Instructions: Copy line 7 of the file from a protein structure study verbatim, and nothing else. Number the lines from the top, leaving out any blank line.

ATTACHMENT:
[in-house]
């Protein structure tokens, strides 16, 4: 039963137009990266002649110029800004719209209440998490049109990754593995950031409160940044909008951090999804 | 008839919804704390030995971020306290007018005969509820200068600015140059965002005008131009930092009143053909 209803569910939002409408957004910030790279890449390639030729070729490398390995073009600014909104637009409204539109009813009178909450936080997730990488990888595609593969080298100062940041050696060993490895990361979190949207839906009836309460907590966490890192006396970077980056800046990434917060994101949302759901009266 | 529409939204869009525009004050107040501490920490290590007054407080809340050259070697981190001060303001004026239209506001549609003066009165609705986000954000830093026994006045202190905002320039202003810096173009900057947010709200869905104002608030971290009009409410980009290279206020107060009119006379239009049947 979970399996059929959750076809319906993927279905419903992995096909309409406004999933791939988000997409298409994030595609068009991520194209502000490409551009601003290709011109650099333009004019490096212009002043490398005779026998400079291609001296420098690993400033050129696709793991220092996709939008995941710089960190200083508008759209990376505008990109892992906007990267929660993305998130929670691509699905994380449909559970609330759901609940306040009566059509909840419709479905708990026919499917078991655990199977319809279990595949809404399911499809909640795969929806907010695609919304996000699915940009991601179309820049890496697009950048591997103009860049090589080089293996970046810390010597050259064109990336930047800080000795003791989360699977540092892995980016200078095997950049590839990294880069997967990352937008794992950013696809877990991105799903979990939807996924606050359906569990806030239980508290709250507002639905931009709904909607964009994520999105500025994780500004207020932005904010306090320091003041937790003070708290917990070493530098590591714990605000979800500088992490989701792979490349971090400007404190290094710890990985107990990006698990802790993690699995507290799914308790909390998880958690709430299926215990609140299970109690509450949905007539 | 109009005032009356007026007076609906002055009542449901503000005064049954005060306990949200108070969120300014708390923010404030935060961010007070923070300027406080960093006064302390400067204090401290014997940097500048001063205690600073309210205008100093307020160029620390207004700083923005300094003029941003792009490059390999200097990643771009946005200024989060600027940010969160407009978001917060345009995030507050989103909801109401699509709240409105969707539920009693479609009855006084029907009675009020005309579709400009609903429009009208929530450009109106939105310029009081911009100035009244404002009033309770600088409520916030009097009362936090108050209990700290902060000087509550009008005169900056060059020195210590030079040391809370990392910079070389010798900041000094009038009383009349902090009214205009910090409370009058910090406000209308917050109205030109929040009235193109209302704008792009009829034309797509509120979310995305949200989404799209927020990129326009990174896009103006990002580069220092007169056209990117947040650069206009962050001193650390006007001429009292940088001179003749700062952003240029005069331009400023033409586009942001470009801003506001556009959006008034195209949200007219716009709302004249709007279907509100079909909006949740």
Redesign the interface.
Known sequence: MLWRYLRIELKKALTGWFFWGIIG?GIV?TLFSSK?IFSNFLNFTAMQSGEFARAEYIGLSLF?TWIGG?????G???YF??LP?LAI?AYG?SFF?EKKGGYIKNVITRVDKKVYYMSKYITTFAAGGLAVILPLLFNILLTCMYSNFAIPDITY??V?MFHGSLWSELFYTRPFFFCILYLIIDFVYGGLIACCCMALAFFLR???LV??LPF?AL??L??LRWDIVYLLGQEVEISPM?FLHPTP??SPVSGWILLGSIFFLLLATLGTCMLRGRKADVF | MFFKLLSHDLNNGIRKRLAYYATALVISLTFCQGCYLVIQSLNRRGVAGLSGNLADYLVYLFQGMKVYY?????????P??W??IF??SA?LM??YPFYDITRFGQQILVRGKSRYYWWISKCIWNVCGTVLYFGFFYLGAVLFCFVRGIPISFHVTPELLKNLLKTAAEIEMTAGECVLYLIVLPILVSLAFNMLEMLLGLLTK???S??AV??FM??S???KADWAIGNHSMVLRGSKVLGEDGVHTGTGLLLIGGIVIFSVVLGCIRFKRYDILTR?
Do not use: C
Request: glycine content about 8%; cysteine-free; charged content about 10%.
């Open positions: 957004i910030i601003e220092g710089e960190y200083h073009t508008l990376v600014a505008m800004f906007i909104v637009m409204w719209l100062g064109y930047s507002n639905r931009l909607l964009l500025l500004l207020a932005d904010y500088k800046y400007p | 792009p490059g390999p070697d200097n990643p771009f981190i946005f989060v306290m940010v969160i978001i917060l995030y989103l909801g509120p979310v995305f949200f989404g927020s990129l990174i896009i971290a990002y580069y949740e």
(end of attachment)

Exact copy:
């Open positions: 957004i910030i601003e220092g710089e960190y200083h073009t508008l990376v600014a505008m800004f906007i909104v637009m409204w719209l100062g064109y930047s507002n639905r931009l909607l964009l500025l500004l207020a932005d904010y500088k800046y400007p | 792009p490059g390999p070697d200097n990643p771009f981190i946005f989060v306290m940010v969160i978001i917060l995030y989103l909801g509120p979310v995305f949200f989404g927020s990129l990174i896009i971290a990002y580069y949740e």